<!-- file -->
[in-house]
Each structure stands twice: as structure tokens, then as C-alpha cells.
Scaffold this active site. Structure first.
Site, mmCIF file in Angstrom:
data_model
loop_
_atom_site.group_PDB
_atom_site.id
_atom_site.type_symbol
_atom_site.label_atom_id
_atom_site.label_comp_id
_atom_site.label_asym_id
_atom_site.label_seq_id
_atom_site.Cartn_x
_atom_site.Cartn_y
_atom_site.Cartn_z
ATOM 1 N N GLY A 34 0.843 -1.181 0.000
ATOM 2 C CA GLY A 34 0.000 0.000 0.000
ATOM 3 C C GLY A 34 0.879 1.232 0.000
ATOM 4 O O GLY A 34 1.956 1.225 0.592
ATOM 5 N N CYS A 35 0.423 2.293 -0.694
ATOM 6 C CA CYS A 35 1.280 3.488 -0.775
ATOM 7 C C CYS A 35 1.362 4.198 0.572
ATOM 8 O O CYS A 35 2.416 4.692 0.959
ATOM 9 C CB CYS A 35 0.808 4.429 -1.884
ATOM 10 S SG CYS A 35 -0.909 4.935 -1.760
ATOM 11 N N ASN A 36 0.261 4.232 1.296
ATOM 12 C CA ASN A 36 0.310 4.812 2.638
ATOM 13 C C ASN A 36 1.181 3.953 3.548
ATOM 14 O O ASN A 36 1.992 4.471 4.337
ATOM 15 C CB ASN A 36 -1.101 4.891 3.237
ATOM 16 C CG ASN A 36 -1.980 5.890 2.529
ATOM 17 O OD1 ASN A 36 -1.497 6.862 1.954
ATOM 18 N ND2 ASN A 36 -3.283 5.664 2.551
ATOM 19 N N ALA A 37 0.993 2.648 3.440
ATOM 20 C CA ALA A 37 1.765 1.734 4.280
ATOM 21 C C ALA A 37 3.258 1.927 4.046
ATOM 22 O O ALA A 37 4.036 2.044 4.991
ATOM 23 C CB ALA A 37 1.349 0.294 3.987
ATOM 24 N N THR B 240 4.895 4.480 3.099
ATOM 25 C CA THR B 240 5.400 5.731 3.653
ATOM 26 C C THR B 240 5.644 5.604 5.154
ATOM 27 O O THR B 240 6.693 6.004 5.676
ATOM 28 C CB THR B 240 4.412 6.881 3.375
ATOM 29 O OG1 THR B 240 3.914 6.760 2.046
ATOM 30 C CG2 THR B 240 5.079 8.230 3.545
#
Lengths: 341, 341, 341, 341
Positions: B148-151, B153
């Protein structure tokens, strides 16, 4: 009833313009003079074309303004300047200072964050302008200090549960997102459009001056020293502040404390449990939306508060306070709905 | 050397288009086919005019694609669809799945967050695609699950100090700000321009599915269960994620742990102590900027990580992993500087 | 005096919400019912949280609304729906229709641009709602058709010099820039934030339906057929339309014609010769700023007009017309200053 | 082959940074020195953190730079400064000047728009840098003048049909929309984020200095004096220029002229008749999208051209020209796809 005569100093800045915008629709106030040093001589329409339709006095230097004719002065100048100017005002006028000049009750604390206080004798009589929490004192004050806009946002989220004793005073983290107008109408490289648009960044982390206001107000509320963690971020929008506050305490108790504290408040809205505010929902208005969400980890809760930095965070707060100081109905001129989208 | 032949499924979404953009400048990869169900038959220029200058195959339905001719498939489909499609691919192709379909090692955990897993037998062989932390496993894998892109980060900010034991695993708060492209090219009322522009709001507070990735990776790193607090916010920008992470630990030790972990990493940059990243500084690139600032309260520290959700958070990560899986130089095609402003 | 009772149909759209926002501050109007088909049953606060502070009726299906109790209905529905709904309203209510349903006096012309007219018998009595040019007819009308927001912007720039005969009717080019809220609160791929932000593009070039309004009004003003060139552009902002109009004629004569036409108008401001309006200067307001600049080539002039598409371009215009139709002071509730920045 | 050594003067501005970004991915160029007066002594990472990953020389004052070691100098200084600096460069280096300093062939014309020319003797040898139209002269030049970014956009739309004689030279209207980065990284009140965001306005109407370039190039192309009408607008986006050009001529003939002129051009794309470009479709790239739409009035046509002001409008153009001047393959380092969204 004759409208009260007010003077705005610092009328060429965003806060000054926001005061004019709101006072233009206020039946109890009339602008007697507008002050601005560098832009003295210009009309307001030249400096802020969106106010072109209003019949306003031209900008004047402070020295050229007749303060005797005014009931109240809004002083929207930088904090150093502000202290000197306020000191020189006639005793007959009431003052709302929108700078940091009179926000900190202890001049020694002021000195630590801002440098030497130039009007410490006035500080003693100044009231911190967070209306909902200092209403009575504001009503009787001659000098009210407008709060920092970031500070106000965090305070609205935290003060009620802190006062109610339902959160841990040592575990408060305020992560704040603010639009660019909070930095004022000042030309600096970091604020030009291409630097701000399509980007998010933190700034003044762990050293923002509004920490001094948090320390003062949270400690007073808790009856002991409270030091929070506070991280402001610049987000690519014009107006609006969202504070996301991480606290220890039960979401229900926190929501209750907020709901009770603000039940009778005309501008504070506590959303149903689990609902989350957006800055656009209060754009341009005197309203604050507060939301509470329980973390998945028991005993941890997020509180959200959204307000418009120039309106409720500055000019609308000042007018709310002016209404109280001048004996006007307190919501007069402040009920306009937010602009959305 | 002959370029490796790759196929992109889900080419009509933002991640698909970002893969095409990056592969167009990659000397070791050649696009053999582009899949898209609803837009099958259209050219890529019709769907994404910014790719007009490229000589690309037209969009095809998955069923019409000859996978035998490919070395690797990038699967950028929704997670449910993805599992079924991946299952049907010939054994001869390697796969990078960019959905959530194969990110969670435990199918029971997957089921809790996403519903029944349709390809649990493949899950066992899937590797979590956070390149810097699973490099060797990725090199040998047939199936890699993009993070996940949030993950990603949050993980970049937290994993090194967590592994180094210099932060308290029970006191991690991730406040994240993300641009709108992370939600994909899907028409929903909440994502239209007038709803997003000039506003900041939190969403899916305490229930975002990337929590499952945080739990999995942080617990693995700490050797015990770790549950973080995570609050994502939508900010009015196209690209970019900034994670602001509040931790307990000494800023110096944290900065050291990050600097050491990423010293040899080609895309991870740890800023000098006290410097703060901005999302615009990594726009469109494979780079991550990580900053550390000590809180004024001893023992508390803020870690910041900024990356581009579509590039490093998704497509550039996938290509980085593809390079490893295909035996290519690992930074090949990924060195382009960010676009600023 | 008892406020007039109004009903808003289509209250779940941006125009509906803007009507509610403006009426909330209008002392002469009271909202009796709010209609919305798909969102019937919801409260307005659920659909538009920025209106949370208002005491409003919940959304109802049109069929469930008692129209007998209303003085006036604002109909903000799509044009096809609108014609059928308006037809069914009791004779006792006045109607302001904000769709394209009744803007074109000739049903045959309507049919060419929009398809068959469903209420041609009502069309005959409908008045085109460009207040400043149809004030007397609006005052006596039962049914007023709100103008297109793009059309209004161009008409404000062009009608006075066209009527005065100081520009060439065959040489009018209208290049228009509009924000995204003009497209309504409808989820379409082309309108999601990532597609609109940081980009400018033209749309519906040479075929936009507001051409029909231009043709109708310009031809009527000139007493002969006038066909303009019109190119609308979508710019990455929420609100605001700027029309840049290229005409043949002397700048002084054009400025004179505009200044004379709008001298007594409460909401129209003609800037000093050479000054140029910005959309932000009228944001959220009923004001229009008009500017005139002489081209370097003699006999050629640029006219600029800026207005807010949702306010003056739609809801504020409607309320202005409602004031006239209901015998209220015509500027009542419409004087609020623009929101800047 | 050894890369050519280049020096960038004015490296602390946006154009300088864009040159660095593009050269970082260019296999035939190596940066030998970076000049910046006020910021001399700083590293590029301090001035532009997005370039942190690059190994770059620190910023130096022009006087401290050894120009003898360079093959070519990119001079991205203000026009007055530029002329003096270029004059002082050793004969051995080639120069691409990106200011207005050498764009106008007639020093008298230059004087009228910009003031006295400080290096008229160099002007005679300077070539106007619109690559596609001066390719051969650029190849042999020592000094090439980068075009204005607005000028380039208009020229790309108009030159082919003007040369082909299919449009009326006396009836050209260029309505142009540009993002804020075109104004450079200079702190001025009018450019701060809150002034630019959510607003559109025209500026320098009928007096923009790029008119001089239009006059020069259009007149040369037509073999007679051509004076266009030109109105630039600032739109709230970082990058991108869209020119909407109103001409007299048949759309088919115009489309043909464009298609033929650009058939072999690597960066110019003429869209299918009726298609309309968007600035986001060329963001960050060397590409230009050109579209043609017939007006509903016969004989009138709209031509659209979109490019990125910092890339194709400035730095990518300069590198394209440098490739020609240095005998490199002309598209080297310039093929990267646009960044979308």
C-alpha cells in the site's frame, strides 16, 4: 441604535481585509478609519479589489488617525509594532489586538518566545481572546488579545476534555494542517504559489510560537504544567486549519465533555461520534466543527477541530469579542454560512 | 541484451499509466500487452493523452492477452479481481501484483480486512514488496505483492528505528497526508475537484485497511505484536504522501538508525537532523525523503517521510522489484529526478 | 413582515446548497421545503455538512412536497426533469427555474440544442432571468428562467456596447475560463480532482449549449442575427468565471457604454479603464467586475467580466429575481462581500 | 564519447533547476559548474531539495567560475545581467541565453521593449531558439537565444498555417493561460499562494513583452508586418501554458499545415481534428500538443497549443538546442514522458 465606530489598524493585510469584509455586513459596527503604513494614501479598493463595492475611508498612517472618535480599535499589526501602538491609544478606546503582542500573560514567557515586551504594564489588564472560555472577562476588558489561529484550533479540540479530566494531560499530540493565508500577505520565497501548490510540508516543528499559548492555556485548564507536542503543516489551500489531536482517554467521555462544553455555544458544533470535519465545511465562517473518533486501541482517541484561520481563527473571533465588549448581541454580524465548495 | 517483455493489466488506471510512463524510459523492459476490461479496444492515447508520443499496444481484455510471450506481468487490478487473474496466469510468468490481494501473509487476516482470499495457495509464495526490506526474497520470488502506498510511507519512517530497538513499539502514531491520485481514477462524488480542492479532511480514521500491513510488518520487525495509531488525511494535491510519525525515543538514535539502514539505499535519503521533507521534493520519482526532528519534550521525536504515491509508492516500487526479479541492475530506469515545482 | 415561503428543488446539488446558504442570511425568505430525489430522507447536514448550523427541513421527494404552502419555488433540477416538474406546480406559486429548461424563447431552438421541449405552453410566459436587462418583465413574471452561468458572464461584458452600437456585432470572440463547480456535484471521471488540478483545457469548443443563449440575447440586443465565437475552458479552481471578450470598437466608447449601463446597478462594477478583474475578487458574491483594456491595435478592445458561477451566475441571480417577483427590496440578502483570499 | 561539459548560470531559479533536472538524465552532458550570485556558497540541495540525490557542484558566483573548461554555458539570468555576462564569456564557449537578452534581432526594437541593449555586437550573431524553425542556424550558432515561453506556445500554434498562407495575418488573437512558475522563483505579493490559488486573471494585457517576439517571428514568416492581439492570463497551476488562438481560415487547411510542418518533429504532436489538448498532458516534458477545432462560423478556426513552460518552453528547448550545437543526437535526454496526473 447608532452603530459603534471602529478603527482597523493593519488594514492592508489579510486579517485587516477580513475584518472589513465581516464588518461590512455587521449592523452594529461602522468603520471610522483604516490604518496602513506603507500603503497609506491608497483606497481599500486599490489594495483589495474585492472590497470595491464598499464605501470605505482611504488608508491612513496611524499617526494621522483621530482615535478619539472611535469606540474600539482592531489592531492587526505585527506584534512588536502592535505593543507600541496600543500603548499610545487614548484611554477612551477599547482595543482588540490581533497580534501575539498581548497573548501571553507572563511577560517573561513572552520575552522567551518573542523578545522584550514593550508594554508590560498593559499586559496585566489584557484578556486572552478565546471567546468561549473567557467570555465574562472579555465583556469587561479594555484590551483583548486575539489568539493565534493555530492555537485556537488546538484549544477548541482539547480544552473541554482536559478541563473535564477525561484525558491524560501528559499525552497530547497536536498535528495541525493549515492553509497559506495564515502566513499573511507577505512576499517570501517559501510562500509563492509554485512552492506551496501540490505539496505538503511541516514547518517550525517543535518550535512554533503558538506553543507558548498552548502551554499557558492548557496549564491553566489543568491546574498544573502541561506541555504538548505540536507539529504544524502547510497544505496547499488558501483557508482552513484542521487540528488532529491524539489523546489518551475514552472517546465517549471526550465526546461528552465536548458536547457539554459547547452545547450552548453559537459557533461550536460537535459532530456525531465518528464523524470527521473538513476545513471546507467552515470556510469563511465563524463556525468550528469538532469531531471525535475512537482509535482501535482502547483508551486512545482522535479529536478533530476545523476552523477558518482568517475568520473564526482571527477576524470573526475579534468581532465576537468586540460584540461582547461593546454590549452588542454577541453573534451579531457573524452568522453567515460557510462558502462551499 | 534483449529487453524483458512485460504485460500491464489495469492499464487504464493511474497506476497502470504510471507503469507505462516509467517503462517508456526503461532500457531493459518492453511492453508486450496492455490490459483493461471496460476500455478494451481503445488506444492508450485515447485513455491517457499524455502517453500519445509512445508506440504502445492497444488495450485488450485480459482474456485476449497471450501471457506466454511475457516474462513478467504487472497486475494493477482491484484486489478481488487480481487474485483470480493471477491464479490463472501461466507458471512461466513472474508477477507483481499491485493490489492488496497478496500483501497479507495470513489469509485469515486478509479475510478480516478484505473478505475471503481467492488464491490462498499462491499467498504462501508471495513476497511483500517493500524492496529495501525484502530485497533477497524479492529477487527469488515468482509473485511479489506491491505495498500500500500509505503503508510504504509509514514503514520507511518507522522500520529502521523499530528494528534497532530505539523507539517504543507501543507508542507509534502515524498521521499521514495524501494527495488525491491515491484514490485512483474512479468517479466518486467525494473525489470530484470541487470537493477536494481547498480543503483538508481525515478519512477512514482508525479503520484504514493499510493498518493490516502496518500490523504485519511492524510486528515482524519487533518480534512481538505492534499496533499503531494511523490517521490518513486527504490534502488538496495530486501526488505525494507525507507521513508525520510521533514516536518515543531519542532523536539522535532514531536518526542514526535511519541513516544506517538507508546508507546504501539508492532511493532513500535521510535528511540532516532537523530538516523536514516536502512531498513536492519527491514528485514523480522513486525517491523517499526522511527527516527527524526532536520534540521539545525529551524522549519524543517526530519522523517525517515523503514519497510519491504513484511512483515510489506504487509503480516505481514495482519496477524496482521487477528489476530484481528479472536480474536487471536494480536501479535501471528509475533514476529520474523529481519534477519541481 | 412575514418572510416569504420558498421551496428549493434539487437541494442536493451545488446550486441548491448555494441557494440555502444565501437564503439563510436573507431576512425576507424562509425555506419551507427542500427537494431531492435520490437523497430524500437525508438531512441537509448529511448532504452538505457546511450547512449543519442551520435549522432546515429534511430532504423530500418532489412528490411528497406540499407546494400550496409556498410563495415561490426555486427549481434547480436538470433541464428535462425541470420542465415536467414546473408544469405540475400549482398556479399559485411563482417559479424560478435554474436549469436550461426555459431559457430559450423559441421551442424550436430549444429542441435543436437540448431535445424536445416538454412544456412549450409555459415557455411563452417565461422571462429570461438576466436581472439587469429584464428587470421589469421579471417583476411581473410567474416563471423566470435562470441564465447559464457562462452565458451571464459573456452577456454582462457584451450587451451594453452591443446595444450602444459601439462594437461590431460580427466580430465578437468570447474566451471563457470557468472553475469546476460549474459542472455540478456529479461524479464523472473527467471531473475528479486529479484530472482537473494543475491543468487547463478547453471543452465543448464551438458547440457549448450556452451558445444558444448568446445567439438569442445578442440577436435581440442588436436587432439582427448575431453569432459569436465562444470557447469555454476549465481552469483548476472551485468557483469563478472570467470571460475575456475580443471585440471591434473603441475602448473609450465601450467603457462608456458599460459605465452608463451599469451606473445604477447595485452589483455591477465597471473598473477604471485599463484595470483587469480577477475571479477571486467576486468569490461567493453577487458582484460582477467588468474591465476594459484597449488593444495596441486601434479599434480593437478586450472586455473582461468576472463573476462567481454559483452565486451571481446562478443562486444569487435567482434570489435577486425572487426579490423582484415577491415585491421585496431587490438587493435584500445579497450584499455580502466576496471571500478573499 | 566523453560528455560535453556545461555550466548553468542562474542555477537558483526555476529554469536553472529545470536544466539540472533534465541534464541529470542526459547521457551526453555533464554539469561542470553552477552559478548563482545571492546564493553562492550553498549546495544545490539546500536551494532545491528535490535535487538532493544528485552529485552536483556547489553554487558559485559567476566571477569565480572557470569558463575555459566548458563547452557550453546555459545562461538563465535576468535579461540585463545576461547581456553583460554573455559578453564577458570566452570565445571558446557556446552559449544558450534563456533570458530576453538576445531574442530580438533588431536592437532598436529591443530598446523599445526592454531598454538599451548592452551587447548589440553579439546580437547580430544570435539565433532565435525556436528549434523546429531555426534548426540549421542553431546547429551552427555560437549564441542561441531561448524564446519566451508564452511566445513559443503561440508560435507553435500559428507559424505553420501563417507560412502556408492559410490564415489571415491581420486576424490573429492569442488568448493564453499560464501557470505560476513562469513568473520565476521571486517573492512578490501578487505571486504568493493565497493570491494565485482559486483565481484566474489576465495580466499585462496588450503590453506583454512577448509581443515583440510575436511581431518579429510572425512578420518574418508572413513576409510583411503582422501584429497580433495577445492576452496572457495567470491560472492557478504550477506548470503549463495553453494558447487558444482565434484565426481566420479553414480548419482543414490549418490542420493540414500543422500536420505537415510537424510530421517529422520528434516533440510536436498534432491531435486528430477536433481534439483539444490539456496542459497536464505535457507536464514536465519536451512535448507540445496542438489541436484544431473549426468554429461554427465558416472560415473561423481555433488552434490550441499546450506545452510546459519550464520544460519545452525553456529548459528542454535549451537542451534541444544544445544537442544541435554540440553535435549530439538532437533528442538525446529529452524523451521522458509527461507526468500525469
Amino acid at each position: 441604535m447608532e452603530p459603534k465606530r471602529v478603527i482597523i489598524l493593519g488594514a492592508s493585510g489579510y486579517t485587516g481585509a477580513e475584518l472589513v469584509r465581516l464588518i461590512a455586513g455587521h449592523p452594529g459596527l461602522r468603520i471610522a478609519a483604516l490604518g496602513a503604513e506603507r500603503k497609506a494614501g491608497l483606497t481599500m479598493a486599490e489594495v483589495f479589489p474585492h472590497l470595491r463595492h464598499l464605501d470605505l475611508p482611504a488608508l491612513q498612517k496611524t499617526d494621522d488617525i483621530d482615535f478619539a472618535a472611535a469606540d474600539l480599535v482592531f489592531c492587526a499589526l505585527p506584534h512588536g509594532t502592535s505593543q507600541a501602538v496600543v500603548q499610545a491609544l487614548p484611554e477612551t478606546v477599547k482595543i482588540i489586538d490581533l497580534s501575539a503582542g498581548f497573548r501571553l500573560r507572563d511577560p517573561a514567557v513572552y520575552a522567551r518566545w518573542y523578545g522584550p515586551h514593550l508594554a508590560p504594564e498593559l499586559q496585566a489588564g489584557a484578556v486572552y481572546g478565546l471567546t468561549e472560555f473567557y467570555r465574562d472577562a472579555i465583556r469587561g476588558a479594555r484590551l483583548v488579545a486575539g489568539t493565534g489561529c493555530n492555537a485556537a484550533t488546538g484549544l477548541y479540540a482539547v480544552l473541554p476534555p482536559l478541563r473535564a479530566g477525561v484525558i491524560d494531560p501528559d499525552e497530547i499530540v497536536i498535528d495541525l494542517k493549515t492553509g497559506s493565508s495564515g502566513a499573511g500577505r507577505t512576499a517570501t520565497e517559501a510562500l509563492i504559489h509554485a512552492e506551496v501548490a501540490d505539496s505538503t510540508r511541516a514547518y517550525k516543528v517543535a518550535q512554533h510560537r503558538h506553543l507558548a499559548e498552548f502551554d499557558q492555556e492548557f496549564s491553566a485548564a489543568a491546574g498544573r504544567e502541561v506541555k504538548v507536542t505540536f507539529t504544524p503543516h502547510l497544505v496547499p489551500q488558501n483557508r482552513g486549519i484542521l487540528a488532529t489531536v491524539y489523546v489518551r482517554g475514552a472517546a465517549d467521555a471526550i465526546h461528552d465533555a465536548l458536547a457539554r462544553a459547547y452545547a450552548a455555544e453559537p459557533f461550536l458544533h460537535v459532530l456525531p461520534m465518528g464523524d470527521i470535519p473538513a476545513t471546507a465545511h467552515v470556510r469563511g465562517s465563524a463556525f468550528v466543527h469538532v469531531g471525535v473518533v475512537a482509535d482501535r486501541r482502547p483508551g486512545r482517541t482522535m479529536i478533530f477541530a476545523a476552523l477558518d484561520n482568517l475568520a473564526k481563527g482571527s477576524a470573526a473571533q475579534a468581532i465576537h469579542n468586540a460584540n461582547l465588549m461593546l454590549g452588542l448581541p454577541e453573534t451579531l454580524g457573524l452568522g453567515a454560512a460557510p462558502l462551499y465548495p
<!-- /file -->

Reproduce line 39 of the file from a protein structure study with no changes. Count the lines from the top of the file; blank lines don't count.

ATOM 23 C CB ALA A 37 1.349 0.294 3.987